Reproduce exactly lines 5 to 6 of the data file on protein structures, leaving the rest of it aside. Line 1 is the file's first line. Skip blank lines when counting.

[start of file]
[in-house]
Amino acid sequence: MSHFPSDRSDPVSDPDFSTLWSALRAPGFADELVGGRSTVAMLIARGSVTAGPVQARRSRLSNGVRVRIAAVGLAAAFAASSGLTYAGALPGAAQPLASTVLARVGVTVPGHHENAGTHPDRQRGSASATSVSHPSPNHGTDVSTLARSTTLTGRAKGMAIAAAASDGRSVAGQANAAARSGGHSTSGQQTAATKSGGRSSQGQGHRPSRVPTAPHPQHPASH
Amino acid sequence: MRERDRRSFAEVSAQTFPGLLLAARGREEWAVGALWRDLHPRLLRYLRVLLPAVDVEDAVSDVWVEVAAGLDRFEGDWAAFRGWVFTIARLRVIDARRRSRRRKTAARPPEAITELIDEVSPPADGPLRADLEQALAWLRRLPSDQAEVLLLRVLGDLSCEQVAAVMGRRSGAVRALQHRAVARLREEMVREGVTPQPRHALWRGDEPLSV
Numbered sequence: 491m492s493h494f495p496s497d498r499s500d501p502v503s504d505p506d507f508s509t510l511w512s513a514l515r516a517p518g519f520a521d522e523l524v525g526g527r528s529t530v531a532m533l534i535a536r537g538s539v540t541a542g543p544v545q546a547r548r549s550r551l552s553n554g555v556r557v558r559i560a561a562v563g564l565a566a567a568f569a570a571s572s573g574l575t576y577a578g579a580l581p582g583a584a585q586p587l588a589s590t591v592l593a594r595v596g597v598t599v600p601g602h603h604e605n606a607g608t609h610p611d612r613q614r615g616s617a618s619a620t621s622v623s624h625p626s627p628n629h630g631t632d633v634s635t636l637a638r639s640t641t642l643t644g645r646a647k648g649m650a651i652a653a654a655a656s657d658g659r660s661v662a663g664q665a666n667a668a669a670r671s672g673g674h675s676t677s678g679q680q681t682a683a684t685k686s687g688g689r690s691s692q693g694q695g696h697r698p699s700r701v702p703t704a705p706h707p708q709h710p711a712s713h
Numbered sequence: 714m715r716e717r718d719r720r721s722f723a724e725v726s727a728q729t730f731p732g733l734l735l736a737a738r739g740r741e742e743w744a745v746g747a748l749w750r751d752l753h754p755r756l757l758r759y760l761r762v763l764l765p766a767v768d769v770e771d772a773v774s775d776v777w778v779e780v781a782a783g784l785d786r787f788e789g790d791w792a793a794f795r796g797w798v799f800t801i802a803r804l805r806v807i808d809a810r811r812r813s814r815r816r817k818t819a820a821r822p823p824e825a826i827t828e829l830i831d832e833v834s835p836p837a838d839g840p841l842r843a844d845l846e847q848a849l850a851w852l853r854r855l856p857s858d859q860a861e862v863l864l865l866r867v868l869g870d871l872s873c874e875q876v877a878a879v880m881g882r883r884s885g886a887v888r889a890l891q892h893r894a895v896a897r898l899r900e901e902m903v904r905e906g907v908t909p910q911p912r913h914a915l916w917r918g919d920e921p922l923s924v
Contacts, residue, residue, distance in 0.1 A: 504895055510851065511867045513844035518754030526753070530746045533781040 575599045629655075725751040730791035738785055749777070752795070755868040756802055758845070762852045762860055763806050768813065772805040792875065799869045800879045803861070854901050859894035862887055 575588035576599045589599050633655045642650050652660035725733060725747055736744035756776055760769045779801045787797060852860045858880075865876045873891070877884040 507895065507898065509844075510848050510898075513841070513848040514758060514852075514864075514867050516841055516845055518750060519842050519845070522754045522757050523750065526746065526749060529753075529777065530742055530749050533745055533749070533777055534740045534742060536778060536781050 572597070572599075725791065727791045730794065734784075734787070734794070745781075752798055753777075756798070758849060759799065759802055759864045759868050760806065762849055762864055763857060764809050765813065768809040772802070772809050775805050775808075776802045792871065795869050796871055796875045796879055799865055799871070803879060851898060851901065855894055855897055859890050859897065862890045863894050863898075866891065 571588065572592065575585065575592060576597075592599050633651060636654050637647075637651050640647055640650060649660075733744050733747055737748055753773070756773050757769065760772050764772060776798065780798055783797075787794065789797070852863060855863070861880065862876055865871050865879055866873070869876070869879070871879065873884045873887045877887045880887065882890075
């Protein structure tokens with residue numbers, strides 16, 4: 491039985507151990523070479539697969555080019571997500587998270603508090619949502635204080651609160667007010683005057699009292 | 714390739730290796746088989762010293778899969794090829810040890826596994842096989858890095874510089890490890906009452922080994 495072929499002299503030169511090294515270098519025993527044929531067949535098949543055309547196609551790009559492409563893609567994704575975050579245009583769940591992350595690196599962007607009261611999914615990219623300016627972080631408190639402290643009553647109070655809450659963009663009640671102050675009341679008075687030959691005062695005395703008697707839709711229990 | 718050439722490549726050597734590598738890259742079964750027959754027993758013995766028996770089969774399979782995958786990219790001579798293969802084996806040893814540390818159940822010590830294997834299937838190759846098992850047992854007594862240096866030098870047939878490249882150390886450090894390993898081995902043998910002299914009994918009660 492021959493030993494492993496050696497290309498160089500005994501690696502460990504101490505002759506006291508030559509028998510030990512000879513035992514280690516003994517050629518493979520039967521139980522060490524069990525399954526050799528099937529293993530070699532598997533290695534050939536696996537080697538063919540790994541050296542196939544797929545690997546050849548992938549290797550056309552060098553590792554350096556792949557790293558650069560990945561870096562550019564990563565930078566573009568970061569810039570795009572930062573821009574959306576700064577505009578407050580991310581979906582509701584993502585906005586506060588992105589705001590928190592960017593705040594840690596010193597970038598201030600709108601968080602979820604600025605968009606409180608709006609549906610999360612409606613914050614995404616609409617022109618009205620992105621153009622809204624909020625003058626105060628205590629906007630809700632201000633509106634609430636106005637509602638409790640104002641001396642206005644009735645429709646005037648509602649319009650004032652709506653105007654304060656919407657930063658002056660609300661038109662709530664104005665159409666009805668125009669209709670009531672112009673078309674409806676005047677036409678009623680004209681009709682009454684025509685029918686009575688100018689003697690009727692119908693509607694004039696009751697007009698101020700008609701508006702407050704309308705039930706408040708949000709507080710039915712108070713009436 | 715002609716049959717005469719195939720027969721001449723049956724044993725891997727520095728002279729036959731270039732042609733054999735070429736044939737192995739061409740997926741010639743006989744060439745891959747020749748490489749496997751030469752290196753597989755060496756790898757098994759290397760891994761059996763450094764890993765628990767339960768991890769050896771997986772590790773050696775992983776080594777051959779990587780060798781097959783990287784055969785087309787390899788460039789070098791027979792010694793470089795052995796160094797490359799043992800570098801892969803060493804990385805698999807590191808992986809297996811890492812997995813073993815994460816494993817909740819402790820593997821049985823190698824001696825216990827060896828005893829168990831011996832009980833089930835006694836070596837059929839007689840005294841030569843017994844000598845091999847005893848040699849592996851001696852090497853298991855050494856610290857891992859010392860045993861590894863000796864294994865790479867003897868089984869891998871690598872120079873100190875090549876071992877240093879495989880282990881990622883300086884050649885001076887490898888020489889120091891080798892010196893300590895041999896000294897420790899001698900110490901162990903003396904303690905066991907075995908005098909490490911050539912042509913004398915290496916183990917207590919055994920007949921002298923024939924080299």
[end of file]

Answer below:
Numbered sequence: 714m715r716e717r718d719r720r721s722f723a724e725v726s727a728q729t730f731p732g733l734l735l736a737a738r739g740r741e742e743w744a745v746g747a748l749w750r751d752l753h754p755r756l757l758r759y760l761r762v763l764l765p766a767v768d769v770e771d772a773v774s775d776v777w778v779e780v781a782a783g784l785d786r787f788e789g790d791w792a793a794f795r796g797w798v799f800t801i802a803r804l805r806v807i808d809a810r811r812r813s814r815r816r817k818t819a820a821r822p823p824e825a826i827t828e829l830i831d832e833v834s835p836p837a838d839g840p841l842r843a844d845l846e847q848a849l850a851w852l853r854r855l856p857s858d859q860a861e862v863l864l865l866r867v868l869g870d871l872s873c874e875q876v877a878a879v880m881g882r883r884s885g886a887v888r889a890l891q892h893r894a895v896a897r898l899r900e901e902m903v904r905e906g907v908t909p910q911p912r913h914a915l916w917r918g919d920e921p922l923s924v
Contacts, residue, residue, distance in 0.1 A: 504895055510851065511867045513844035518754030526753070530746045533781040 575599045629655075725751040730791035738785055749777070752795070755868040756802055758845070762852045762860055763806050768813065772805040792875065799869045800879045803861070854901050859894035862887055 575588035576599045589599050633655045642650050652660035725733060725747055736744035756776055760769045779801045787797060852860045858880075865876045873891070877884040 507895065507898065509844075510848050510898075513841070513848040514758060514852075514864075514867050516841055516845055518750060519842050519845070522754045522757050523750065526746065526749060529753075529777065530742055530749050533745055533749070533777055534740045534742060536778060536781050 572597070572599075725791065727791045730794065734784075734787070734794070745781075752798055753777075756798070758849060759799065759802055759864045759868050760806065762849055762864055763857060764809050765813065768809040772802070772809050775805050775808075776802045792871065795869050796871055796875045796879055799865055799871070803879060851898060851901065855894055855897055859890050859897065862890045863894050863898075866891065 571588065572592065575585065575592060576597075592599050633651060636654050637647075637651050640647055640650060649660075733744050733747055737748055753773070756773050757769065760772050764772060776798065780798055783797075787794065789797070852863060855863070861880065862876055865871050865879055866873070869876070869879070871879065873884045873887045877887045880887065882890075